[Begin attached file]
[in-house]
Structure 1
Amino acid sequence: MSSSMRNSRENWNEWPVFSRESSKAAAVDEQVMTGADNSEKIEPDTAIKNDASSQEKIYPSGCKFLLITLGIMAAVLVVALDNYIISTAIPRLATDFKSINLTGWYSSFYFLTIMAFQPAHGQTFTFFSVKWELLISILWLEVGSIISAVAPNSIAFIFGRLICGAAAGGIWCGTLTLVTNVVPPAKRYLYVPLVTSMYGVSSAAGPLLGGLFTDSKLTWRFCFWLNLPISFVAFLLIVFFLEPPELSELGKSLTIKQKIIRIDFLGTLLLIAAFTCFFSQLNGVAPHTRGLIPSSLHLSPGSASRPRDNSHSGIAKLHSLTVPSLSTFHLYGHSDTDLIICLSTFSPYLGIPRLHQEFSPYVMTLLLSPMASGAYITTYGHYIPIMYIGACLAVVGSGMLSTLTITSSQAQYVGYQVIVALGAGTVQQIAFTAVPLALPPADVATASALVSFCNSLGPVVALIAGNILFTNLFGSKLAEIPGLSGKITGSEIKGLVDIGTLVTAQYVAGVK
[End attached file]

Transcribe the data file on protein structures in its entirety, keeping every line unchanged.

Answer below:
[in-house]
Structure 1
Amino acid sequence: MSSSMRNSRENWNEWPVFSRESSKAAAVDEQVMTGADNSEKIEPDTAIKNDASSQEKIYPSGCKFLLITLGIMAAVLVVALDNYIISTAIPRLATDFKSINLTGWYSSFYFLTIMAFQPAHGQTFTFFSVKWELLISILWLEVGSIISAVAPNSIAFIFGRLICGAAAGGIWCGTLTLVTNVVPPAKRYLYVPLVTSMYGVSSAAGPLLGGLFTDSKLTWRFCFWLNLPISFVAFLLIVFFLEPPELSELGKSLTIKQKIIRIDFLGTLLLIAAFTCFFSQLNGVAPHTRGLIPSSLHLSPGSASRPRDNSHSGIAKLHSLTVPSLSTFHLYGHSDTDLIICLSTFSPYLGIPRLHQEFSPYVMTLLLSPMASGAYITTYGHYIPIMYIGACLAVVGSGMLSTLTITSSQAQYVGYQVIVALGAGTVQQIAFTAVPLALPPADVATASALVSFCNSLGPVVALIAGNILFTNLFGSKLAEIPGLSGKITGSEIKGLVDIGTLVTAQYVAGVK